Tell the information to someone else as a story. Be dramatic, add character dialogue, and details that are important.
Recording yourself is another great way, as well as verbalizing the information in different voices and accents. Do you know a second language? Now is a good time to practice it with this information.
General Memorization Tips
No matter what type of learner you are, and what type of activity you use, there are general tips that you should keep in mind.
Your Study Area
Make sure your environment is good for studying in. You want plenty of light, a quiet place free from distractions.
Have your supplies available.
Timing and Amounts
Give yourself plenty of time to learn. Take the information that needs to be memorized and split it into small sections or chunks.
Don’t add more, until you’ve conquered the first part.
An association to information can be anything.
If something in your information reminds you of something else, then that is what an association is. You think of the first thing and that reminds you of the second thing.
Associations can be helpful with names, places, and dates.
Be Creative with Language
Perhaps you’ve heard and memorized this funny little question when you were a kid.
How much wood could a woodchuck chuck, if a woodchuck could chuck wood?
Why did you remember it? I remembered it because it used the same words in creative ways. You can say it really fast and impress others, and it’s just a unique little question.
How about this one?
ROY G BIV.
When I was in elementary school this was the name we used to help us remember the colors in a rainbow. Isn’t it interesting how something so simple can stay with you for years and years?
So, if you can use words, first letters, rhyming words, etc., use them to create a unique memorization help.
Repetition, Review, & Recall
Ever hear the saying, “If you don’t use it, you lose it”? This statement is so true.
It can be true for hands-on skills as well as information. Along with using any of the above tips, the key to keeping information in your long-term memory is repetition and review.
As you begin to learn your new information, you’ll want to do any of the above tips over and over. Then, you’ll want to keep reviewing it.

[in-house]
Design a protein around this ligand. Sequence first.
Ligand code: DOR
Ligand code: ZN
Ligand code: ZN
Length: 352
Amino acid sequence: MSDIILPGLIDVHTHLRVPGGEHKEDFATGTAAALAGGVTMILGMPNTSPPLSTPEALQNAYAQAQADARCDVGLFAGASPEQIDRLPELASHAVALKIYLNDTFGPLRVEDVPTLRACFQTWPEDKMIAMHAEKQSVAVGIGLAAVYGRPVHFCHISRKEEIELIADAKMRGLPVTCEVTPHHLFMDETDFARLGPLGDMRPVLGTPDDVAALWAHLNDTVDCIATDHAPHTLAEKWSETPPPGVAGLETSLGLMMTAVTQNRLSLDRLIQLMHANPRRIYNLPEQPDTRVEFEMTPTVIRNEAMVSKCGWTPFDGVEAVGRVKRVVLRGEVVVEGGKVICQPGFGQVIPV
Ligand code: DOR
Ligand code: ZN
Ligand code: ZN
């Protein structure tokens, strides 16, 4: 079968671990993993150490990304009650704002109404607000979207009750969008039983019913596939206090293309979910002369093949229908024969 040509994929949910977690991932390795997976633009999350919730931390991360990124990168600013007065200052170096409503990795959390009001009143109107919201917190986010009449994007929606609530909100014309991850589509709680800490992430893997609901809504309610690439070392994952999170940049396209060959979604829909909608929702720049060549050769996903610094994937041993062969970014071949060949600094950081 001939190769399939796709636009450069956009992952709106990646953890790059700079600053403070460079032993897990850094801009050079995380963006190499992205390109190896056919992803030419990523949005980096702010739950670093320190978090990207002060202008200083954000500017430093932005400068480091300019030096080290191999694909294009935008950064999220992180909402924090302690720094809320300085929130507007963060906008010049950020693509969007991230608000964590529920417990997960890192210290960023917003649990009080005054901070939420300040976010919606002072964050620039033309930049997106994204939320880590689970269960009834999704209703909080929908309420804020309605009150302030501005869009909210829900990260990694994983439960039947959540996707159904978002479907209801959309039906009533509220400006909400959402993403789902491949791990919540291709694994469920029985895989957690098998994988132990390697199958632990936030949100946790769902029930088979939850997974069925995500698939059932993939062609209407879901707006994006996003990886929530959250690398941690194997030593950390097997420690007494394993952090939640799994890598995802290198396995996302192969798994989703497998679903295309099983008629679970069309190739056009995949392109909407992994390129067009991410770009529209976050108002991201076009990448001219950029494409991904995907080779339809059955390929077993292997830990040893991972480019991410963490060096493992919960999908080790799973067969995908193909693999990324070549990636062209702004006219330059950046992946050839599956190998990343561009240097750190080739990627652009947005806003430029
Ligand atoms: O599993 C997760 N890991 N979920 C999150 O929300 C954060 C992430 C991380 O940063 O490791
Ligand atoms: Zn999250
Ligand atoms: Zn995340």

There’s one problem though. As your amount of information grows, so does the amount of time it takes to review.
My Review System
This system works great for quiz questions. You’ll want to write out your questions on index cards.
The question goes on the front and the answer on the back.
Get yourself an index card box and some index card dividers. I just made my own dividers with an index card and then I taped a small square piece of paper to it for the divider part. You can use different color paper for your divider squares.
Next, you’ll want to label your dividers. Label them this way:
- Every day
- Monday-Saturday (each day on its own divider)
- 1-31 (Each number on its own divider)
You want to start by putting your questions behind the “every day” tab. Go over the questions every day.
When you feel a question is mastered, move it behind either the “odd” or the “even” tab.
Now, when you review, you’ll review the cards behind the “every day” tab as well as either the “odd” or the “even” day tabs, depending on the date. If it’s the third day of the month, you would review all the questions behind the “odd” tab.
As you review and you can consistently answer the “odd”/”even” questions correctly, you can promote them to a day of the week tab.
Now, you’ll review the “every day”, “odd”/”even”, and a day of the week section. If it’s Monday, you review all the questions behind the Monday tab.
When you can consistently answer the questions behind the weekly tabs, you will want to promote the question to a monthly status.
Place the question behind a number. Each number corresponds to the date on the calendar. You’ll have to make adjustments for February and months that have only 30 days, but it’s not hard.
If the date is September 12th, then you’ll want to review the questions behind the “every day”, “even”, “day of the week”, and the “12”.
When you can recall correctly the answer to the question month after month, there’s a good chance you can remove the question from the box. It should be in your long-term memory.
By dividing things up this way, you don’t have to review everything every day, but you know that what you didn’t review today, will be coming up eventually through the month.
It worked well for me and my kids with Bible verses.
Let me know in the comment section how it works out for you. OK?
Girl jumping. Photo by Sharon Carr on Unsplash
Music paper. Photo by Scott Kelley on Unsplash
Video clapper. Photo by Jakob Owens on Unsplash
Paper and Fountain pen. Photo by Aaron Burden on Unsplash
Classroom with teacher. Photo by Jason Goodman on Unsplash
Rainbow colors. Photo by Sharon McCutcheon on Unsplash
Index cards. Photo by Maksym Kaharlytskyi on Unsplash